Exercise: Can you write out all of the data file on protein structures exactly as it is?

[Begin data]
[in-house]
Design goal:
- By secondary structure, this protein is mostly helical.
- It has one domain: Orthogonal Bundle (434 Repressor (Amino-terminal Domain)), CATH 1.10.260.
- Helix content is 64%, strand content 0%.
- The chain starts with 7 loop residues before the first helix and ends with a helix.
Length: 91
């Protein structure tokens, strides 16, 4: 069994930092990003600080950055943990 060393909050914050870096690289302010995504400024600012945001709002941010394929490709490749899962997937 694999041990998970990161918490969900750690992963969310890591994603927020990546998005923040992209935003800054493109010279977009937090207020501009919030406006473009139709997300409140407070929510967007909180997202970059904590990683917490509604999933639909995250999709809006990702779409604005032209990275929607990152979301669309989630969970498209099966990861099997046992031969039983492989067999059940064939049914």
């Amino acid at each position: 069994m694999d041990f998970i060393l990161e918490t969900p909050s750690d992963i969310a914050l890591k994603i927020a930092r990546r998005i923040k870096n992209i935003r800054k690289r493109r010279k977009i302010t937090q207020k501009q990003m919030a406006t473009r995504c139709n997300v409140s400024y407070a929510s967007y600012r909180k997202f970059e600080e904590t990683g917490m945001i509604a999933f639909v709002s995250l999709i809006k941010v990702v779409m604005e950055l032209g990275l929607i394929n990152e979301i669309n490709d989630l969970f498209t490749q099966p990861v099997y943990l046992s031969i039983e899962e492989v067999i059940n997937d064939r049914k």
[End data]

[in-house]
Design goal:
- By secondary structure, this protein is mostly helical.
- It has one domain: Orthogonal Bundle (434 Repressor (Amino-terminal Domain)), CATH 1.10.260.
- Helix content is 64%, strand content 0%.
- The chain starts with 7 loop residues before the first helix and ends with a helix.
Length: 91
């Protein structure tokens, strides 16, 4: 069994930092990003600080950055943990 060393909050914050870096690289302010995504400024600012945001709002941010394929490709490749899962997937 694999041990998970990161918490969900750690992963969310890591994603927020990546998005923040992209935003800054493109010279977009937090207020501009919030406006473009139709997300409140407070929510967007909180997202970059904590990683917490509604999933639909995250999709809006990702779409604005032209990275929607990152979301669309989630969970498209099966990861099997046992031969039983492989067999059940064939049914």
């Amino acid at each position: 069994m694999d041990f998970i060393l990161e918490t969900p909050s750690d992963i969310a914050l890591k994603i927020a930092r990546r998005i923040k870096n992209i935003r800054k690289r493109r010279k977009i302010t937090q207020k501009q990003m919030a406006t473009r995504c139709n997300v409140s400024y407070a929510s967007y600012r909180k997202f970059e600080e904590t990683g917490m945001i509604a999933f639909v709002s995250l999709i809006k941010v990702v779409m604005e950055l032209g990275l929607i394929n990152e979301i669309n490709d989630l969970f498209t490749q099966p990861v099997y943990l046992s031969i039983e899962e492989v067999i059940n997937d064939r049914k």